• Lewis Dean Estate & Letting Agents

FAIR WEAR & TEAR: EXPLAINED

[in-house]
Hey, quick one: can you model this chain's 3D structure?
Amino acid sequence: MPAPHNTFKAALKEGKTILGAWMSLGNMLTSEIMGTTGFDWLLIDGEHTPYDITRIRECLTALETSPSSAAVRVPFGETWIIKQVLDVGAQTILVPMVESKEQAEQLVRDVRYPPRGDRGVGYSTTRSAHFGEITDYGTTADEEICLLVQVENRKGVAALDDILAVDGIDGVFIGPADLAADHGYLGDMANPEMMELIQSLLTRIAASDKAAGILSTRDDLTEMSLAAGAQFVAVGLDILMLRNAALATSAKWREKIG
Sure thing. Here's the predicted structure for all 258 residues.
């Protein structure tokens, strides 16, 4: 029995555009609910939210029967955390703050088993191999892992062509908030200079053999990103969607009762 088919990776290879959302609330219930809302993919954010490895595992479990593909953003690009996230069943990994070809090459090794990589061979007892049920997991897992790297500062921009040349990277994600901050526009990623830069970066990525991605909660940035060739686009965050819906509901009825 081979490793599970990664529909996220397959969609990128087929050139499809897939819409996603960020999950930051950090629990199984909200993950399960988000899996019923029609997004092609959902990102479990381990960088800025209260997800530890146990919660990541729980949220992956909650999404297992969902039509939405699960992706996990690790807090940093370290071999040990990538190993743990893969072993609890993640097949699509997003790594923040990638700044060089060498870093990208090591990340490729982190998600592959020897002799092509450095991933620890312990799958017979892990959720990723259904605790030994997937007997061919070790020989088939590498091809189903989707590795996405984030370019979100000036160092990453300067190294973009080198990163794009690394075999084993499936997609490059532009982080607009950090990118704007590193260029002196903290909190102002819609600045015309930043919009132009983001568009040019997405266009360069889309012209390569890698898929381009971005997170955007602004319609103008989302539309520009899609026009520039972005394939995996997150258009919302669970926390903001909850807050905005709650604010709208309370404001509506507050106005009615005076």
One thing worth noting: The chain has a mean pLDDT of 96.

Fair wear and tear is not a new concept, but it can often be overlooked when landlords look to claim costs from tenants for damages. In a landmark case in the 1950s (Warren v Keen) a landlord sought to recover costs for a number of alleged defects he felt were the tenant’s responsibility. The presiding judge, Lord Denning, ruled for the tenant stating: ‘The tenant must take proper care of the place… he must do the little jobs about the place which a reasonable tenant would do. In addition, he must, of course, not damage the house, wilfully or negligently; and he must see his family and guests do not damage it: and if they do, he must repair it.’ Critically he also said ‘If the house falls into disrepair through fair wear and tear or lapse of time, or for any reason not caused by him, the tenant is not liable to repair it.’ This example has been referred to over the years in many cases that have reached the Court of Appeal and continues to be an implied and accepted principle in every tenancy agreement. The difference between wear and tear and tenant damage A very important rule is that fair wear and tear refers only to the ‘condition’ and not the ‘cleanliness’ of a property or item. The property must be left cleaned to the same standard at the end of the tenancy as it was at the beginning, no matter if the tenancy lasted six months or four years! In essence, fair wear and tear is the deterioration of an item or area due to its age and that which would be reasonably expected over the course of a tenancy, that is not due to the tenant’s actions or omissions. For example deterioration such as scuff marks, scratches and wear to flooring is unavoidable in all properties. You must consider whether the deterioration is reasonable, or excessive, for the number of people and whether there are any pets living in the property. The key question is always, what part of any deterioration would have happened naturally anyway and is considered ‘reasonable’? Or is the damage ‘unreasonable’ if it’s over and above what is normal use, considering all the circumstances? What to consider when calculating wear and tear There are a number of factors that should be considered when assessing whether any costs should be proposed for damage at the end of the tenancy and calculating wear and tear. Who your tenants were and how many lived in the property Different tenants will live differently in your property. Understanding the type of tenant you rent to will help you manage your own expectations on how they might leave the property at the end of the tenancy. If you have an HMO or rent to students for example, you might expect greater wear and tear of the property compared to renting to a professional couple. Consequently, you might consider harder wearing or more economical carpeting and furniture. If you allow tenants to have pets then you might consider hard flooring. Whomever your tenants are, remember that avoidable damage such as a child’s scribbles on the wall or any ripped furniture, that were not there at the start, is damage and not wear and tear and will therefore be a cost that the tenant is responsible for. Duration of tenancy and the age, expected life and quality of items and areas It makes sense that the longer the tenancy the more natural wear and tear will occur and this should be factored into any calculations you make. Tenants are not responsible for normal wear and tear of any part of the property which was there before their tenancy started or during the time they lived there. When assessing wear and tear, consider the age of the areas or items. What condition were they in to start with? Were they new at the start of the tenancy? The life expectancy of an area or item can vary greatly depending on its quality and the amount of use it gets. High traffic areas such as carpets between two well used rooms will deteriorate more quickly than carpeting in other areas. Adjudicators take a consistent approach to the deterioration of décor and carpets for instance, allowing five years for their lifespan in a tenanted property, and just three years for student tenancies. The evidence will then show if the lifespan on that area or item can be adjusted. Demonstrating the ‘quality’ of an item would need to be shown through records, such as an invoice or receipt, or a contractor’s report. Ideally this would be evidenced on the inventory at check-in before the tenant moves in. For most tenancies we do recommend removing any expensive furnishings or items that you are not willing to ‘risk’ being damaged. Avoiding betterment and considering apportionment As a landlord you are not legally entitled to have old items replaced with new ones at the tenant’s expense which would then leave you better off than you would have been had the damage not happened. This practice is called ‘betterment’. Instead of benefitting from betterment the landlord must: